A Penitent’s Walk On the Sacred Mountain of Domodossola

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Recognized as a UNESCO World Heritage Site, the 15 sculpted stations of the cross on the Sacred Mountain of Domodossola provide a fascinating experience, even in the rain – or, perhaps, particularly so

One thing you have to say for the Alps, they don’t do much by halves there. Europe’s highest mountain range has proper snow in winter, while in summer, when the sun is out, trees and skies and flowers radiate in the crispest, lushest colours you will ever see. And in the autumn, when it rains, it rains.

"walking up the Mattarella Hill, the Sacred Mountain of Domodossola"

Alpine skies do not engage in light drizzle nor do they grant temporary let-ups: they let rip. Remember when I said in our second post about Domodossola that one of the main forces to shape the landscape was water? All of that was coming down on our third day.

In the end, our trip to Mount Calvary was half hike, half cold shower. Which was fitting, in a way, because the leitmotif of the walk, the Passion of Christ, did not exactly call for sunny skies and sunny dispositions.

Mount Calvary on Mattarella Hill (the Sacro Monte Calvario in Italian) is one of the nine Sacri Monti of Piedmont and Lombardy, which have together been a UNESCO World Heritage Site since 2003.

The Sacro Monte can be easily reached on foot from the town centre, you walk no more than 15 minutes from Domodossola’s market place until you reach the first of the 15 stations of the cross.

"chapel marking second station of the Holy Calvary in Domodossola"

A tour around the hill also provides a perfect complement to a city walk, mainly because you can easily do both on the same day, but also because the site stands in a pleasant contrast to the medieval lanes of Domodossola’s historic Old Town, being located inside a quiet and leafy nature reserve.

"walking up the Mattarella Hill, Sacred Mountain of Domodossola"

Sacri Monti were essentially an invention of the counterreformation period when Catholicism, rather than meeting (and fighting) Protestant austerity on its own ground, opted to give the punters a vivid, blood-and-sand sensual experience. (Essentially the same strategy that Hollywood applied in the 1950s to beat back TV through the invention of colour and CinemaScope.)

On these sacred hills, the stations of the cross are re-enacted by life-size sculptures that are laid out along a devotional path, slowly building up to the crescendo of crucifixion, lamentation and resurrection.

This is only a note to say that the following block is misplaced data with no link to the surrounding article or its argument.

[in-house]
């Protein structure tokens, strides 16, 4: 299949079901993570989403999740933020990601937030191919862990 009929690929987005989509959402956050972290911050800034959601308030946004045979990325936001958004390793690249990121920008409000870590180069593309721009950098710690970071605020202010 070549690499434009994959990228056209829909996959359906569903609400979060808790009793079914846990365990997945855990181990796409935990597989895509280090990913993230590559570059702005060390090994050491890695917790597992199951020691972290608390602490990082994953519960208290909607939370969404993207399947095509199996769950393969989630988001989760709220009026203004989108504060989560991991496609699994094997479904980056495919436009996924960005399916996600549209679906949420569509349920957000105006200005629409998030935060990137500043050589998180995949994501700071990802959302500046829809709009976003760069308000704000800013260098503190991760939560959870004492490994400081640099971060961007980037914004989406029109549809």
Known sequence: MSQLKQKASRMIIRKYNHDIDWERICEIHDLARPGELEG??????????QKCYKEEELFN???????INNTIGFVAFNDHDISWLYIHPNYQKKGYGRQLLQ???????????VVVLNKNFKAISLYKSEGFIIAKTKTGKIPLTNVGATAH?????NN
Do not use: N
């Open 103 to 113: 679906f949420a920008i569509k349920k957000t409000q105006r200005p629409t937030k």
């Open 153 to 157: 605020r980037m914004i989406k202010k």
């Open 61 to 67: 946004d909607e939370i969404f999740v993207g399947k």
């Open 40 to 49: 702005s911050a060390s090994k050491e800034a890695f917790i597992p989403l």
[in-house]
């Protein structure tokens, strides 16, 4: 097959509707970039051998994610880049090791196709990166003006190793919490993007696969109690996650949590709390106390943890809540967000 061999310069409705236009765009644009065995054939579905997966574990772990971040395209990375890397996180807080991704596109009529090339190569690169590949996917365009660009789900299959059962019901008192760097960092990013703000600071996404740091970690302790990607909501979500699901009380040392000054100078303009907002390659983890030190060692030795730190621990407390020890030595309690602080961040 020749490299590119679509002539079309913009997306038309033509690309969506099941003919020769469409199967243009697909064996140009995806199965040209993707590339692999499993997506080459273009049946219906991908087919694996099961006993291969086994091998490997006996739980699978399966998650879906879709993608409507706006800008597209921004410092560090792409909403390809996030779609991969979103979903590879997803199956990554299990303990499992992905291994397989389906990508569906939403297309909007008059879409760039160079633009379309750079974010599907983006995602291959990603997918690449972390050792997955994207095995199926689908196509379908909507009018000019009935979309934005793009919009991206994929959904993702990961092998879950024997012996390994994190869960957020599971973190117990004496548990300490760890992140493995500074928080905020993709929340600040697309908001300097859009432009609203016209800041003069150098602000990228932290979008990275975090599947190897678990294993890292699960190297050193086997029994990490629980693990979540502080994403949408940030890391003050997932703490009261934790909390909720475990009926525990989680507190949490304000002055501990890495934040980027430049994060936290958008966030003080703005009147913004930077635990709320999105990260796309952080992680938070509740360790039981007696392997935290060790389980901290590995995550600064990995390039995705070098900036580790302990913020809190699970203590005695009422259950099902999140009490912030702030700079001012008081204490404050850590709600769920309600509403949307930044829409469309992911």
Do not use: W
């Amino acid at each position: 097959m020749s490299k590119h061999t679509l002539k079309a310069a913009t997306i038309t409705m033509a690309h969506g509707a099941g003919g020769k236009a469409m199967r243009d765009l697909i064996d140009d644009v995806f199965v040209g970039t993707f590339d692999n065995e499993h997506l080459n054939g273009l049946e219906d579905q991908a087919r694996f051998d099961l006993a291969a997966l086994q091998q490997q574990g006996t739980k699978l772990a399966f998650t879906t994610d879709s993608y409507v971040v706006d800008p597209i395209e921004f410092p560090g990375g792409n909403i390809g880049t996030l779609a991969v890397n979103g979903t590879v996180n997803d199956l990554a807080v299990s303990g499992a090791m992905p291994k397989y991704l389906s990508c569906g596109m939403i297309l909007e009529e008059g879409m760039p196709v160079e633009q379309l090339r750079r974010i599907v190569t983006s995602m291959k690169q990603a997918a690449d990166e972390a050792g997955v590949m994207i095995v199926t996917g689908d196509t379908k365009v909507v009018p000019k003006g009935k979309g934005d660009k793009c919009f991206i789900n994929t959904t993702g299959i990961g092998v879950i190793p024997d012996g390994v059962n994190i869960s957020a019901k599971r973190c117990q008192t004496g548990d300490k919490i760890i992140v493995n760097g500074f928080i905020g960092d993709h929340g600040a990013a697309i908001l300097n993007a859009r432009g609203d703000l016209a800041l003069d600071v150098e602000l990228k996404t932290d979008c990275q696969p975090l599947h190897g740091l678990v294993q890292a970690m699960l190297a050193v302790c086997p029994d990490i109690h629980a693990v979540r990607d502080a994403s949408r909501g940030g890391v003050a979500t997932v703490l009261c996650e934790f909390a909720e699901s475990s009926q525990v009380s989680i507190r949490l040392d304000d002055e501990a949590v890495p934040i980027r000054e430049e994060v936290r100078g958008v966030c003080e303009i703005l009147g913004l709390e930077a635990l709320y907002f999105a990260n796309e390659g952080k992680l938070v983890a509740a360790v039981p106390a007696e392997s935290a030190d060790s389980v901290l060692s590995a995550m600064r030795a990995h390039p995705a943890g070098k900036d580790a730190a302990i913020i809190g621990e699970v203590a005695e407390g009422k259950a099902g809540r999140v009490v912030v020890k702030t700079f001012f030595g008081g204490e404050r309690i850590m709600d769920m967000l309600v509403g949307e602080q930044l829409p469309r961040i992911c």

The best ensembles of the Mattarella Hill Calvary can be found in the church on top of the Mount, representing the Deposition …

"painting representing the Deposition of Christ"

… and – although this is not, strictly speaking, a station of the cross at all – a rather touching domestic scene where young Jesus receives his calling from an angel while his mother appears to be holding him back.


These are only some of the works that Dionigi Bussola contributed to the project, one of Italy’s best sculptors of the 17th century. Not all the other works are equally good: some were executed by Bussola’s students or assistants, some originals were destroyed and eventually replaced by the works of minor artists, right up to the period following WWII.


The sculpture groups that are not displayed in the hilltop church stand inside purpose-built chapels and are not always that easy to make out since the chapels are not artificially lit and therefore rather dark on the inside. But if you hold a flashlight camera against the flywire between the iron bars, the flywire will – as though through magic – disappear on the final image. It is only then that you can see the painted backgrounds of the scenes in all their colourful glory.


We were, of course, not the first to notice this effect. People before us had apparently ascribed this “miracle” to Saint Veronica – whom you can see take her famous image of Christ in Chapel 6 – …


… and who subsequently, on the strength of this feat, became the patron saint of photographers. (That’s how things work in the Catholic church. No matter where you stand on the central tenets of its beliefs, you have to admire its craftiness.)

Having completed the tour, feel free to explore the other side of the hilltop where an ancient castle …


… is overlooking Domodossola and its surrounding valley.

We were told that the view from the castle was spectacular and gorgeous, but under the circumstances, had to take our guide’s word for it.


So there you go. If you ever climb up the Sacred Mountain of Domodossola, tell us what it’s like – and send us a picture!

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6 comments to A Penitent’s Walk On the Sacred Mountain of Domodossola

  • Thanks, Leigh. We’ve covered a bit more in the past months, but we still can’t keep up with you and your adventures.

  • The Alps are indeed awesome and you’re right, Eileen, it’s always great for walks and hikes. Thanks for dropping by!.

  • Loved the mood of the photos and your descriptions of the rain leave me feeling soaked to my underwear. You’ve covered a lot of ground in the past few years with all your hikes. Very impressive.

  • There’s nothing like a walk through nature in the Alps – even when the weather doesn’t cooperate! What beautiful photos, and what gorgeous stations of the cross sculptures. Would love to visit there myself someday.

  • Jackie, it was a good trek to calvary, definitely. And we were drenched!!!

  • These photos are almost hauntingly beautiful – the rainy day certainly added atmosphere. Great tip on the flashlight!

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